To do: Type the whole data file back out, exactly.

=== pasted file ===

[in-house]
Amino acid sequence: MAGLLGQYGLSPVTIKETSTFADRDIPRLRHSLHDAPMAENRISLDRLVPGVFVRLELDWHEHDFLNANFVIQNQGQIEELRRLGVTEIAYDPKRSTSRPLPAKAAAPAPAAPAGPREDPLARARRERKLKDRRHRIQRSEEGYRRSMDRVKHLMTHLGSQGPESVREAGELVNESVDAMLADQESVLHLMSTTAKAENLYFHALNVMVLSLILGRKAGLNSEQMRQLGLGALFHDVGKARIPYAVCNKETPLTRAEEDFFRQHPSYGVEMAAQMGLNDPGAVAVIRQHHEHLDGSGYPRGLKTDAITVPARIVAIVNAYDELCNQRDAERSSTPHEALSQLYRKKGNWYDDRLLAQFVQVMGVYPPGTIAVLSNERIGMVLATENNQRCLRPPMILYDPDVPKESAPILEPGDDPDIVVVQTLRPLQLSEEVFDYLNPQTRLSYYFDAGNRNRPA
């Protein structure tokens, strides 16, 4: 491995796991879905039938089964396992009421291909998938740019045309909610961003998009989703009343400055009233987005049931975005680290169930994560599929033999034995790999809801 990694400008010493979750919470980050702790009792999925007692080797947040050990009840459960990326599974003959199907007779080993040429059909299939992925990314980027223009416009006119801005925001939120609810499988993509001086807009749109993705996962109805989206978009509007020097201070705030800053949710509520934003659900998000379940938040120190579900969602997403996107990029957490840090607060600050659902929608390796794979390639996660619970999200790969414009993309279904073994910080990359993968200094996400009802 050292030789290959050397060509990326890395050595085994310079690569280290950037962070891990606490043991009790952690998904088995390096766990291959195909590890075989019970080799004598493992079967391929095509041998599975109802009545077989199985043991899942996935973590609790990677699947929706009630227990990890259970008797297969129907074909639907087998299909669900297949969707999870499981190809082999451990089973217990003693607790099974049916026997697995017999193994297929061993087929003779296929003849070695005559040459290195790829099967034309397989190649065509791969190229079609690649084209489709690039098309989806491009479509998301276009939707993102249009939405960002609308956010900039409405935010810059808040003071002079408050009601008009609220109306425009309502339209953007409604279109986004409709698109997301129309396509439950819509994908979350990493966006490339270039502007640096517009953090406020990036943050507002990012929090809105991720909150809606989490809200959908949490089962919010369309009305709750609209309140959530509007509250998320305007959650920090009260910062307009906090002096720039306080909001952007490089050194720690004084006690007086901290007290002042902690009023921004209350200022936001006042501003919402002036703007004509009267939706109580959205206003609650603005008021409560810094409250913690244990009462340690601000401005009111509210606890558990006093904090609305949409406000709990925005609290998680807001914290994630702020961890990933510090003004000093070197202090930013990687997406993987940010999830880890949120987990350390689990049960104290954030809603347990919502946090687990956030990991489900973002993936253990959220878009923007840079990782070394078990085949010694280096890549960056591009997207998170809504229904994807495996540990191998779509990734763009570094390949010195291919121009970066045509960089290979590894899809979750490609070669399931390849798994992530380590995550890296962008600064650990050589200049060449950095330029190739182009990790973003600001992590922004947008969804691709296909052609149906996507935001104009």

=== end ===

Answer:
[in-house]
Amino acid sequence: MAGLLGQYGLSPVTIKETSTFADRDIPRLRHSLHDAPMAENRISLDRLVPGVFVRLELDWHEHDFLNANFVIQNQGQIEELRRLGVTEIAYDPKRSTSRPLPAKAAAPAPAAPAGPREDPLARARRERKLKDRRHRIQRSEEGYRRSMDRVKHLMTHLGSQGPESVREAGELVNESVDAMLADQESVLHLMSTTAKAENLYFHALNVMVLSLILGRKAGLNSEQMRQLGLGALFHDVGKARIPYAVCNKETPLTRAEEDFFRQHPSYGVEMAAQMGLNDPGAVAVIRQHHEHLDGSGYPRGLKTDAITVPARIVAIVNAYDELCNQRDAERSSTPHEALSQLYRKKGNWYDDRLLAQFVQVMGVYPPGTIAVLSNERIGMVLATENNQRCLRPPMILYDPDVPKESAPILEPGDDPDIVVVQTLRPLQLSEEVFDYLNPQTRLSYYFDAGNRNRPA
């Protein structure tokens, strides 16, 4: 491995796991879905039938089964396992009421291909998938740019045309909610961003998009989703009343400055009233987005049931975005680290169930994560599929033999034995790999809801 990694400008010493979750919470980050702790009792999925007692080797947040050990009840459960990326599974003959199907007779080993040429059909299939992925990314980027223009416009006119801005925001939120609810499988993509001086807009749109993705996962109805989206978009509007020097201070705030800053949710509520934003659900998000379940938040120190579900969602997403996107990029957490840090607060600050659902929608390796794979390639996660619970999200790969414009993309279904073994910080990359993968200094996400009802 050292030789290959050397060509990326890395050595085994310079690569280290950037962070891990606490043991009790952690998904088995390096766990291959195909590890075989019970080799004598493992079967391929095509041998599975109802009545077989199985043991899942996935973590609790990677699947929706009630227990990890259970008797297969129907074909639907087998299909669900297949969707999870499981190809082999451990089973217990003693607790099974049916026997697995017999193994297929061993087929003779296929003849070695005559040459290195790829099967034309397989190649065509791969190229079609690649084209489709690039098309989806491009479509998301276009939707993102249009939405960002609308956010900039409405935010810059808040003071002079408050009601008009609220109306425009309502339209953007409604279109986004409709698109997301129309396509439950819509994908979350990493966006490339270039502007640096517009953090406020990036943050507002990012929090809105991720909150809606989490809200959908949490089962919010369309009305709750609209309140959530509007509250998320305007959650920090009260910062307009906090002096720039306080909001952007490089050194720690004084006690007086901290007290002042902690009023921004209350200022936001006042501003919402002036703007004509009267939706109580959205206003609650603005008021409560810094409250913690244990009462340690601000401005009111509210606890558990006093904090609305949409406000709990925005609290998680807001914290994630702020961890990933510090003004000093070197202090930013990687997406993987940010999830880890949120987990350390689990049960104290954030809603347990919502946090687990956030990991489900973002993936253990959220878009923007840079990782070394078990085949010694280096890549960056591009997207998170809504229904994807495996540990191998779509990734763009570094390949010195291919121009970066045509960089290979590894899809979750490609070669399931390849798994992530380590995550890296962008600064650990050589200049060449950095330029190739182009990790973003600001992590922004947008969804691709296909052609149906996507935001104009």